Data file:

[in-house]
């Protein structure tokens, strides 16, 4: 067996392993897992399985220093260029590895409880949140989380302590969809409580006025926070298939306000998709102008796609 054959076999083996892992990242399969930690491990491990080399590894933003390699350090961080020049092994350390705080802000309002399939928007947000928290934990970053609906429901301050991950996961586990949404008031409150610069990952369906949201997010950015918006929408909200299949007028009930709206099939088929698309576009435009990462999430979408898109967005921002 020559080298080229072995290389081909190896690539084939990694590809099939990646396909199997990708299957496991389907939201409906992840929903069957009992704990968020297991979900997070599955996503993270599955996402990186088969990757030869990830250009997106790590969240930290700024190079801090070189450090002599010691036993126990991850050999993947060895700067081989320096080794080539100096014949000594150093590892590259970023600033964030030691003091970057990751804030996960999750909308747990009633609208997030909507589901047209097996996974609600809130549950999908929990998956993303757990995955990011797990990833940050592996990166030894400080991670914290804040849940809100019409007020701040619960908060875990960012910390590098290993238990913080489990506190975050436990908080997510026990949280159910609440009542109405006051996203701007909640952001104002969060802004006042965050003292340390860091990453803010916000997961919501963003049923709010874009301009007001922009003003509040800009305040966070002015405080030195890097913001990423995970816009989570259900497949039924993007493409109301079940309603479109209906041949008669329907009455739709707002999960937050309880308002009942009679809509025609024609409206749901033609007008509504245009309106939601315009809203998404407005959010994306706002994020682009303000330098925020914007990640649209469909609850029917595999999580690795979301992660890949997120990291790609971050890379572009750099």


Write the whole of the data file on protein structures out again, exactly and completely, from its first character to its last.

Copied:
[in-house]
């Protein structure tokens, strides 16, 4: 067996392993897992399985220093260029590895409880949140989380302590969809409580006025926070298939306000998709102008796609 054959076999083996892992990242399969930690491990491990080399590894933003390699350090961080020049092994350390705080802000309002399939928007947000928290934990970053609906429901301050991950996961586990949404008031409150610069990952369906949201997010950015918006929408909200299949007028009930709206099939088929698309576009435009990462999430979408898109967005921002 020559080298080229072995290389081909190896690539084939990694590809099939990646396909199997990708299957496991389907939201409906992840929903069957009992704990968020297991979900997070599955996503993270599955996402990186088969990757030869990830250009997106790590969240930290700024190079801090070189450090002599010691036993126990991850050999993947060895700067081989320096080794080539100096014949000594150093590892590259970023600033964030030691003091970057990751804030996960999750909308747990009633609208997030909507589901047209097996996974609600809130549950999908929990998956993303757990995955990011797990990833940050592996990166030894400080991670914290804040849940809100019409007020701040619960908060875990960012910390590098290993238990913080489990506190975050436990908080997510026990949280159910609440009542109405006051996203701007909640952001104002969060802004006042965050003292340390860091990453803010916000997961919501963003049923709010874009301009007001922009003003509040800009305040966070002015405080030195890097913001990423995970816009989570259900497949039924993007493409109301079940309603479109209906041949008669329907009455739709707002999960937050309880308002009942009679809509025609024609409206749901033609007008509504245009309106939601315009809203998404407005959010994306706002994020682009303000330098925020914007990640649209469909609850029917595999999580690795979301992660890949997120990291790609971050890379572009750099």